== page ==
Graz was the capital of culture in 2003. It’s a vibrant youthful city with 5 universities the first university was founded in 1585. I have been told that Shrodingoer, Tessla and Keppler studied here.
The city is divided by the river Mur and in 2003 as part of the program for city of culture Vito Acconci design an island which in a shape of a shell connected by curved bridges. The structure houses an indoor and outdoor café which doubles as a performance place. The island lights up at night-time with a blue glow.
The town is build around the hill with Schlossberg castle on the top and the Uhrturm clock.
Actually the whole city is full of clock towers and the sound on the top of the hill at midday is a sonic treat. Listening to the city at 12 and the sounds of the bells coming from all the directions at different levels and tunes made me realised that I should have all of my locations play at 12 in dialogue with each other. This will require some tests at the mixing stage.
On the train from Vienna to Graz (our third trin journey)
It is always sad to say good-bye to Vienna it’s a truly great, dynamic city. Yesterday’s recordings went well despite the weather, from 20 C in Bratislava to 5 C in Vienna and feeling colder with wind chill and light snow. I have recorded the chimes of the bells of the Maria am Gestade, a gothic church which was the favoured by the sailors that worked on the Danube. Running thought the town I just managed to capture the 3pm chimes of the Alte Hofburg clock too. I have also recorded the ambient sounds of the Judenplaz; a town square in Vienna’s Innere Stadt where the Jewish community was located prior to the Second World War. Rachel Whiteread’s monument to Austria’s holocaust victims is in the northwest part of the square. The walls of the memorial resemble the walls of a domestic library room which could be a cast of one of the rooms of the apartments from the square. The books are turned with their spines facing inwards. On the concrete plinth there are carved the 41 names of death camps to which the Austrian Jews were deported.
I couldn’t stop myself from recording the journey on the tram back to our apartment on Yeppenplaz, particularly as it was one of those vintage narrow trams that creak, groan and rattle their way around the Viennese side streets.
Today travel from Meidling station gave me an opportunity to record the announcements from this railway station.
Wow! The train between Vienna and Graz travels along the Semmering Rail line, UNESCO world heritage track through the most beautiful alpine countryside; we are very high in the mountains on a winding train track with lots of high level viaducts and tunnels with many of the peaks covered in snow. My ears are popping as I type….
Arrived in Vienna, started my visit by meeting with the curator of the Tonspur project www.tonspur.at Georg Weckwerth in the Museum Quartier – MQ www.mqw.at. Georg showed me around his new exhibition co-curetted with Jozef Cseres “Membra Disjecta for John Cage – Wanting to Say Something About John” (on from 17.2-6.5.2012), an important show focusing on John Cage’s influence and inspiration on contemporary art in the year of what would have been his 100th birthday. http://johncage.tonspur.at/ The show features contributions from over international 60 artists whose work has been influenced by Cage and also features original work by Cage himself including ‘Not Wanting to Say Anything About Marcel’ eight screenprinted plexigrams created as a visual homage to Marcel Duchamp. My favourite piece was an experimental documentary by Sabine Groshup focusing on the Halberstadt organ project, a 639 year performance of Cage’s ASLSP (As SLow aS Possible) which started playing on a specially constructed pipe organ in 2001 and is due to complete in 2640. The sound quality of this documentary (on headphones) was amazing. If you’re interested in hearing where the ASLSP performance of the piece is up to then listen to it here (www.aslsp.org) you never know you might just catch a change of chord.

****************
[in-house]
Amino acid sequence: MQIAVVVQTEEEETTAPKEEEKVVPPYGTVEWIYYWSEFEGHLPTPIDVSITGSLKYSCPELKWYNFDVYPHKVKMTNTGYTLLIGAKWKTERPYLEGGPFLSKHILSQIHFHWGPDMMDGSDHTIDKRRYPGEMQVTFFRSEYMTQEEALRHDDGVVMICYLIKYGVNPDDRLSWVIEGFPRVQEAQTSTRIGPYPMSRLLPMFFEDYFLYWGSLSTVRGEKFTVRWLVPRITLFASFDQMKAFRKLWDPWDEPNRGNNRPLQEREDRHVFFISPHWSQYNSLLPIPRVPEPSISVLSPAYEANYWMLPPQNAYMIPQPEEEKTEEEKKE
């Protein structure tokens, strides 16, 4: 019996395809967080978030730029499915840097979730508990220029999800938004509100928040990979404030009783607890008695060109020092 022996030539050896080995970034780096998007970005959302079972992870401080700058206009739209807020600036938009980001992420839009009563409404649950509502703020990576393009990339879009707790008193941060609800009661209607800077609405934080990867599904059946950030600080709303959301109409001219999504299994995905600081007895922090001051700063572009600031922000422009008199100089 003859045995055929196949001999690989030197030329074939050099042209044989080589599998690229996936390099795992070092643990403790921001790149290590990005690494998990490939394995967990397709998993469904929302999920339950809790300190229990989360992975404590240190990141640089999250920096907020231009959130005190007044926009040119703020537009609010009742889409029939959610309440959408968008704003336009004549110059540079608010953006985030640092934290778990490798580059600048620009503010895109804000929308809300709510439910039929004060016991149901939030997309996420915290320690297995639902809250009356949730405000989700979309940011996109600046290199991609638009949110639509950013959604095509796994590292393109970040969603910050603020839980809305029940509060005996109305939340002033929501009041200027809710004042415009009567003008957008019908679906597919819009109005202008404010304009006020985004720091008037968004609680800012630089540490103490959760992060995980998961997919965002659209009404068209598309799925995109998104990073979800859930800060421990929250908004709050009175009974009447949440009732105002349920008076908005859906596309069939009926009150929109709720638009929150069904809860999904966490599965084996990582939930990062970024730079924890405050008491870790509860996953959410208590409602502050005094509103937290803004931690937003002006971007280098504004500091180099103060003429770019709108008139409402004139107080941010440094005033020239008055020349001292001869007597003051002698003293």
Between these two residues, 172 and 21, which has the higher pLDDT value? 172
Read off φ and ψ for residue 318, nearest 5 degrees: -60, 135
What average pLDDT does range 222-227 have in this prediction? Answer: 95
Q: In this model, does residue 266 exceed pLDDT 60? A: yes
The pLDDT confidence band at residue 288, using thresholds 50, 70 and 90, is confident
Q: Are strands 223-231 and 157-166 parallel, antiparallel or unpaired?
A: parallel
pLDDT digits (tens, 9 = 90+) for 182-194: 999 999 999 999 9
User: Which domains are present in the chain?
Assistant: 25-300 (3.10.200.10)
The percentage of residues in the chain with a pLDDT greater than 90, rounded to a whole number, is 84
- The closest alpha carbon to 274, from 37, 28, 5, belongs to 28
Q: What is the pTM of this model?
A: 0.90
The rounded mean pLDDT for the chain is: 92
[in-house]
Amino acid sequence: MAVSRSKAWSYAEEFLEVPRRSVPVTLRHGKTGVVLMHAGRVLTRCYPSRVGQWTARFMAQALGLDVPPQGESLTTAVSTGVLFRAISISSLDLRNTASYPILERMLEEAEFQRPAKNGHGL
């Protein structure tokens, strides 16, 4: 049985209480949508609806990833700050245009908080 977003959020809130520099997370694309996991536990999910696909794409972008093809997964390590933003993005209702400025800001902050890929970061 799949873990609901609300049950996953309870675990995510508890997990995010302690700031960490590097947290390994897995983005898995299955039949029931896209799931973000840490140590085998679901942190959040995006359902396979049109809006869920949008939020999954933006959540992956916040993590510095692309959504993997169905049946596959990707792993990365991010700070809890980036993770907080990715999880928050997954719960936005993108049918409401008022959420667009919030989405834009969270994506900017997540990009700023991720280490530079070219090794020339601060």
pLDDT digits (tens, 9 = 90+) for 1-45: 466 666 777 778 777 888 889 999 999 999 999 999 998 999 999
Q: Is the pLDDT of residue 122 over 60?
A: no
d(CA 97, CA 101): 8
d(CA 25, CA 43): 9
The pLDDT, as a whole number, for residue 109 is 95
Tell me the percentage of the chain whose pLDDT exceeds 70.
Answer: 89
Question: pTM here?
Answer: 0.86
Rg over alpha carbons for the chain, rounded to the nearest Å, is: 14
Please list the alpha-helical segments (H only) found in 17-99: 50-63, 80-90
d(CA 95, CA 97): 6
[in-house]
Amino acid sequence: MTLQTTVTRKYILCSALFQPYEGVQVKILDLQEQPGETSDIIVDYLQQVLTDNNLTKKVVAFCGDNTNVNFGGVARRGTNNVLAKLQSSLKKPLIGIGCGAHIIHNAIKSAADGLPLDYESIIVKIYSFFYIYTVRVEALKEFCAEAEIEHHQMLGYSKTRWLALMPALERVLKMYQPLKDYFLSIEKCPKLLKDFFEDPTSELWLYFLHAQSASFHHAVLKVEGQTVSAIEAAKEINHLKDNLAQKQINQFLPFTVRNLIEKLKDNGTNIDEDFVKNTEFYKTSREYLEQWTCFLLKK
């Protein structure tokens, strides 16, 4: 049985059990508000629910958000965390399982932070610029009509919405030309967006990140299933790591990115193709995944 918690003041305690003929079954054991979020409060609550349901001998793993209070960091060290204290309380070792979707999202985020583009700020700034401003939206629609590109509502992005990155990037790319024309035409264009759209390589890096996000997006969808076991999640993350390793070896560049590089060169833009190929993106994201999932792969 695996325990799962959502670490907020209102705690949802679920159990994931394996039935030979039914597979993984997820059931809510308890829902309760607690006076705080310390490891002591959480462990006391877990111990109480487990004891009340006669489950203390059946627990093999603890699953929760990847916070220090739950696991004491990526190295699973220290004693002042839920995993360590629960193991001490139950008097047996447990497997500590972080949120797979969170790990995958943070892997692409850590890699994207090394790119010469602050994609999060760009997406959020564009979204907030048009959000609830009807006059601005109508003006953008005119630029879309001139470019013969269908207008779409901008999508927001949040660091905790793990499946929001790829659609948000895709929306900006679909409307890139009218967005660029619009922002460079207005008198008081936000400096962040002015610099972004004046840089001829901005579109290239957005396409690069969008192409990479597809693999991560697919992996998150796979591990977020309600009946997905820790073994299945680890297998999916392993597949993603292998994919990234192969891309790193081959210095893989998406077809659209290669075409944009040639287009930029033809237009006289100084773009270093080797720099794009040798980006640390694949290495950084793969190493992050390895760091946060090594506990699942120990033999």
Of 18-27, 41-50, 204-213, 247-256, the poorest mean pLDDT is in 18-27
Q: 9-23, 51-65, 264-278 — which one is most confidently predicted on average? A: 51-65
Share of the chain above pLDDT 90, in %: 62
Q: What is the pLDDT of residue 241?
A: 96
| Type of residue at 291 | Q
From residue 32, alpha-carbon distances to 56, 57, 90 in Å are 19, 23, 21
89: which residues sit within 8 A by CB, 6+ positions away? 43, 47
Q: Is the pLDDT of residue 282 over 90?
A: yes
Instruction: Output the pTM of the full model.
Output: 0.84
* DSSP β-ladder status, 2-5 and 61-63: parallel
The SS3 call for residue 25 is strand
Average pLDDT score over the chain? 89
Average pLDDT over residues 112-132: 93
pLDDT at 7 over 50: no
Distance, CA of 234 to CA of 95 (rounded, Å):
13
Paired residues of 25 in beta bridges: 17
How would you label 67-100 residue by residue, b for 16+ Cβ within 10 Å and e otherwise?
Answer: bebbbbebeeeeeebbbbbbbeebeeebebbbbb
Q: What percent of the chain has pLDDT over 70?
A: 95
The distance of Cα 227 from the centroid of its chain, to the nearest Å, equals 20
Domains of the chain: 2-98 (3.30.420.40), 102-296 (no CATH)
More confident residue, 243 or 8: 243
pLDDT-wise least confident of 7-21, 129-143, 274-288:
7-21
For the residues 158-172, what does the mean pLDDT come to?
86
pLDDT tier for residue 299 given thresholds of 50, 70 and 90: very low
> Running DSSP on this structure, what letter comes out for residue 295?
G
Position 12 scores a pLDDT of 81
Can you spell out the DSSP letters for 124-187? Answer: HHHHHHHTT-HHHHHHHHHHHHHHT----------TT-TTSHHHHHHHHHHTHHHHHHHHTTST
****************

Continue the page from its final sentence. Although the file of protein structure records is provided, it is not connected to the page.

Also in Vienna I’ve been out and about with my collection of microphones and digital recorders, capturing the ambience of a number of interesting Viennese environments, including; a farmers market at Yppenmarkt ; Westbanhof station and the Prater amusement park (where my husband got to fulfil a long standing ambition and ride the Wiener Riesenrad (big wheel) featured in the film the Third Man, he’s been humming the tune ever since and now I can’t get it out of my head.
Yesterday, my last day in Bratislava started with a minor problem with my binaural microphones; the very rare battery in the microphones stopped working. After searching the electrical shops through out the city somebody directed me to “Svet Baterii” (The world of battery) amazing little shop with all the batteries you could ever need. Amazing!!! I highly recommend them if you are ever in Bratislava and need a rare battery.
So, after all the morning stress I was able to record the 1 – 2 pm hour for my clock at Bratislava station. I have also captured great sounds of the Bratislava trams. I am starting to visualise the multi track with overlaying sounds.
Today we are in the old town of Bratislava “Stare Mesto”. The town has been strongly influenced by different nations such as Slovaks, Hungarians, Austrians and the Jewish population. During the 16th C to 18th C it was the capital of Kingdom of Hungary.
I have made the recordings next to the St Martin Cathedral and Hlavné Námestie – the main square in old town. To spice up the recording of the old town we managed to capture the sounds of “Protest Gorila ” at the gate to the castle. The protesters were using plastic containers as drums, whistling – very impressive.
Tomorrow I am planning more recording in the modern part of town before the departure to Vienna.